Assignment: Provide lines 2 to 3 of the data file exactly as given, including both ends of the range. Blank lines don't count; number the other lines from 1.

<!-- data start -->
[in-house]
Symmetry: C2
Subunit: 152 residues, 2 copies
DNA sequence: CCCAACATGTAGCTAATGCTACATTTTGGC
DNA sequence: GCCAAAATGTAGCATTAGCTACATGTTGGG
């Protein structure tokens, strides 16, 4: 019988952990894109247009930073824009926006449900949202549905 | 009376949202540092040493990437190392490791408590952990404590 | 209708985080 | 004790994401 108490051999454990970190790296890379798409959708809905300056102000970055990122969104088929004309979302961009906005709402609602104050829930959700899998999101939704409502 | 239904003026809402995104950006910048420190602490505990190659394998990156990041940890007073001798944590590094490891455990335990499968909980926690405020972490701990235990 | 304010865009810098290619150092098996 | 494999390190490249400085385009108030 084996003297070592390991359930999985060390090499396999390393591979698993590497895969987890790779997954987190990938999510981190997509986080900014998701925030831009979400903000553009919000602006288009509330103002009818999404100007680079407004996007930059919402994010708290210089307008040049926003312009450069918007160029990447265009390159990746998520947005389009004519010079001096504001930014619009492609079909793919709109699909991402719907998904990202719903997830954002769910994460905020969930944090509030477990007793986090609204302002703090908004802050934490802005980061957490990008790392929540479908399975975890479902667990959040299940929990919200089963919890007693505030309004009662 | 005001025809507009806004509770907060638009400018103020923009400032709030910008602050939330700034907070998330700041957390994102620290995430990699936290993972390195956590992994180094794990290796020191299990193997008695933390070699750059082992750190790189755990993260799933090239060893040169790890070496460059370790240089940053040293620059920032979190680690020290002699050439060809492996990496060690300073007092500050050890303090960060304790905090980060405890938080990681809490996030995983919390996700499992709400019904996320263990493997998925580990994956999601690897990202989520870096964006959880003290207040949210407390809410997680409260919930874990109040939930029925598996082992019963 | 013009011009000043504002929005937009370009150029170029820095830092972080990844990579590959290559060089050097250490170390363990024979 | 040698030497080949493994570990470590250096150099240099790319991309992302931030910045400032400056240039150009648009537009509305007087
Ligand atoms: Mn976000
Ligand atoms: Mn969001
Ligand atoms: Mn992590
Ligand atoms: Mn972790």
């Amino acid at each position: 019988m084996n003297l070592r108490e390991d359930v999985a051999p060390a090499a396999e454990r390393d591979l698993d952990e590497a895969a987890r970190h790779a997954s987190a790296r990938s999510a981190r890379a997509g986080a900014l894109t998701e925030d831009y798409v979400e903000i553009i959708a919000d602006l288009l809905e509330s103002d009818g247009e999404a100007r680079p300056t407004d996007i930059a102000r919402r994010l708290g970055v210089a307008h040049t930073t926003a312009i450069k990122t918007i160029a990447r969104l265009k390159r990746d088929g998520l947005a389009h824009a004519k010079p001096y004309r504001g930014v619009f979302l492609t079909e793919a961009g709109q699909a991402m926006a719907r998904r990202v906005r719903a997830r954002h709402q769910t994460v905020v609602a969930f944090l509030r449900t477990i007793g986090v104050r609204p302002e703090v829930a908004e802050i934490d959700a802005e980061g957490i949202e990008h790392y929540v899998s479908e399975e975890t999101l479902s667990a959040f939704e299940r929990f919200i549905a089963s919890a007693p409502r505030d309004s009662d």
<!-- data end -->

Symmetry: C2
Subunit: 152 residues, 2 copies